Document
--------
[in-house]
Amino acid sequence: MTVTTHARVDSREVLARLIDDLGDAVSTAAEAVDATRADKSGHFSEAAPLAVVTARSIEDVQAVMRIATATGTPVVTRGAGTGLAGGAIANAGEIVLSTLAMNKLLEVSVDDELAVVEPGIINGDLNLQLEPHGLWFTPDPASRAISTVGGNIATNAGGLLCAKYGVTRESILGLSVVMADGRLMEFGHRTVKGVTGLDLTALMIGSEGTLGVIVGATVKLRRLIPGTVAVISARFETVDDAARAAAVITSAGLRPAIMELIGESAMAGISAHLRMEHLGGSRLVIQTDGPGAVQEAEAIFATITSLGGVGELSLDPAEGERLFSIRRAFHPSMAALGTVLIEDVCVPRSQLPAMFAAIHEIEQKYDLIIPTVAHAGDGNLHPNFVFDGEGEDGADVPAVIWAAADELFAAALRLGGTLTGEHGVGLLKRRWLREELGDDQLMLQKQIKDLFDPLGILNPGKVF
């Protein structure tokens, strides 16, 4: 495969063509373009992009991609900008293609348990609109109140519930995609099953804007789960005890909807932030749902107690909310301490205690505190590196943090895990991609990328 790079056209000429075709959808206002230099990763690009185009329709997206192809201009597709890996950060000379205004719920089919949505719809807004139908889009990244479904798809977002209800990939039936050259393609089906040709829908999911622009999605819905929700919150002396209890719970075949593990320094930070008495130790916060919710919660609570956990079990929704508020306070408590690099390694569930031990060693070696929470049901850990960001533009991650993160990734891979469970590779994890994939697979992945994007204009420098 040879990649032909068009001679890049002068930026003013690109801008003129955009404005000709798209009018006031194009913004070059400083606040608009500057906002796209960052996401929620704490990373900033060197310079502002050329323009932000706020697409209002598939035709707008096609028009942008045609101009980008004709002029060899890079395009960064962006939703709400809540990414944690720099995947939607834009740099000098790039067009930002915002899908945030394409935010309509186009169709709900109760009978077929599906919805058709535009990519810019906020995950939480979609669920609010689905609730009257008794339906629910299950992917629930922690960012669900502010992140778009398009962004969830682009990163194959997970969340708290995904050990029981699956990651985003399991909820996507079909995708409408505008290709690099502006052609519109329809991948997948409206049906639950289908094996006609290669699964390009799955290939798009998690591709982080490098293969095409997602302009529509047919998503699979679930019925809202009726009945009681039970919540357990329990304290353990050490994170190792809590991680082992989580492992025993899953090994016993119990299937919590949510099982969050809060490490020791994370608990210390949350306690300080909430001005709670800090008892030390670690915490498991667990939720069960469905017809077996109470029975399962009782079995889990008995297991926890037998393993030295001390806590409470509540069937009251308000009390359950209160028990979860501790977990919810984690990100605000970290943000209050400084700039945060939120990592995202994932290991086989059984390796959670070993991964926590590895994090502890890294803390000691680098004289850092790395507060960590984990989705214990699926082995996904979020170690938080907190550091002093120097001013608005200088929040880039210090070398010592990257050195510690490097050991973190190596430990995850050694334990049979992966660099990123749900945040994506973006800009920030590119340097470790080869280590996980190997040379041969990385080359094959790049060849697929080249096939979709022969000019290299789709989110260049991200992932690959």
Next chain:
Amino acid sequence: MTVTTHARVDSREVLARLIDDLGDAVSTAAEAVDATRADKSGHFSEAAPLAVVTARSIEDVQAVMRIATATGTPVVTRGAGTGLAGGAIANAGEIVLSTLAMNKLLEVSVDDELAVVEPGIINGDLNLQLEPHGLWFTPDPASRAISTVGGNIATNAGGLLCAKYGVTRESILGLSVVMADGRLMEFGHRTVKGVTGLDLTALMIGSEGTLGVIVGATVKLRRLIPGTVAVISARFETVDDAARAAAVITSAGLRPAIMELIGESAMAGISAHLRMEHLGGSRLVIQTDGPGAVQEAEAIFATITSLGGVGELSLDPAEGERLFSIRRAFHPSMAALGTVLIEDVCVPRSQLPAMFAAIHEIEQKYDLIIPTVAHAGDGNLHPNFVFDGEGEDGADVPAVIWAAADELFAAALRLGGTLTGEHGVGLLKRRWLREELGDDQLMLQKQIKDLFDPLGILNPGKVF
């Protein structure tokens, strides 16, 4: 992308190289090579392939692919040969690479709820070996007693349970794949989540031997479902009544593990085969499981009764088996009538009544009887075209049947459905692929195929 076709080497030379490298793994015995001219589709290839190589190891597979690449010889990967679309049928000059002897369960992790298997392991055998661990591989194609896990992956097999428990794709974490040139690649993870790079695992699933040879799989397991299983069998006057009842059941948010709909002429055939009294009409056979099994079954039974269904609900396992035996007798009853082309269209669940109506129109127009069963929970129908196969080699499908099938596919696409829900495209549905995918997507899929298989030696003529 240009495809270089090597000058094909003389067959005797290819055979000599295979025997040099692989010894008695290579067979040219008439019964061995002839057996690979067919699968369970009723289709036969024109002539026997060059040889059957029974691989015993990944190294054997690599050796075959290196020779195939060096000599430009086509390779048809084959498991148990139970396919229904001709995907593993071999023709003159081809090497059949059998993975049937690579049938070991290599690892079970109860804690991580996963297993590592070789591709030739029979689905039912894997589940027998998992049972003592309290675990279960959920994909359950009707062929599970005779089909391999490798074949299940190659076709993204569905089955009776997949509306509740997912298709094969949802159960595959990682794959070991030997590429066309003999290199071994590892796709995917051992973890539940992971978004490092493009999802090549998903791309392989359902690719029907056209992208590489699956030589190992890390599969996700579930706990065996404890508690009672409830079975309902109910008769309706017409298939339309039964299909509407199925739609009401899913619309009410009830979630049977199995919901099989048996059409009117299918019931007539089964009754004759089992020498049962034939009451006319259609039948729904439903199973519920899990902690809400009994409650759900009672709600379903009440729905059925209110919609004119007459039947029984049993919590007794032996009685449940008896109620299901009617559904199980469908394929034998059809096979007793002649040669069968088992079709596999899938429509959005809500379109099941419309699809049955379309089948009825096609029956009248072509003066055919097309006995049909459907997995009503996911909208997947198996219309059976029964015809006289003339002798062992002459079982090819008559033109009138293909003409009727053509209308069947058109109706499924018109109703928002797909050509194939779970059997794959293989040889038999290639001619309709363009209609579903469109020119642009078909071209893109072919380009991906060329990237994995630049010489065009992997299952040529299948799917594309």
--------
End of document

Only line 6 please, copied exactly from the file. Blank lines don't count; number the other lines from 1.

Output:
């Protein structure tokens, strides 16, 4: 992308190289090579392939692919040969690479709820070996007693349970794949989540031997479902009544593990085969499981009764088996009538009544009887075209049947459905692929195929 076709080497030379490298793994015995001219589709290839190589190891597979690449010889990967679309049928000059002897369960992790298997392991055998661990591989194609896990992956097999428990794709974490040139690649993870790079695992699933040879799989397991299983069998006057009842059941948010709909002429055939009294009409056979099994079954039974269904609900396992035996007798009853082309269209669940109506129109127009069963929970129908196969080699499908099938596919696409829900495209549905995918997507899929298989030696003529 240009495809270089090597000058094909003389067959005797290819055979000599295979025997040099692989010894008695290579067979040219008439019964061995002839057996690979067919699968369970009723289709036969024109002539026997060059040889059957029974691989015993990944190294054997690599050796075959290196020779195939060096000599430009086509390779048809084959498991148990139970396919229904001709995907593993071999023709003159081809090497059949059998993975049937690579049938070991290599690892079970109860804690991580996963297993590592070789591709030739029979689905039912894997589940027998998992049972003592309290675990279960959920994909359950009707062929599970005779089909391999490798074949299940190659076709993204569905089955009776997949509306509740997912298709094969949802159960595959990682794959070991030997590429066309003999290199071994590892796709995917051992973890539940992971978004490092493009999802090549998903791309392989359902690719029907056209992208590489699956030589190992890390599969996700579930706990065996404890508690009672409830079975309902109910008769309706017409298939339309039964299909509407199925739609009401899913619309009410009830979630049977199995919901099989048996059409009117299918019931007539089964009754004759089992020498049962034939009451006319259609039948729904439903199973519920899990902690809400009994409650759900009672709600379903009440729905059925209110919609004119007459039947029984049993919590007794032996009685449940008896109620299901009617559904199980469908394929034998059809096979007793002649040669069968088992079709596999899938429509959005809500379109099941419309699809049955379309089948009825096609029956009248072509003066055919097309006995049909459907997995009503996911909208997947198996219309059976029964015809006289003339002798062992002459079982090819008559033109009138293909003409009727053509209308069947058109109706499924018109109703928002797909050509194939779970059997794959293989040889038999290639001619309709363009209609579903469109020119642009078909071209893109072919380009991906060329990237994995630049010489065009992997299952040529299948799917594309």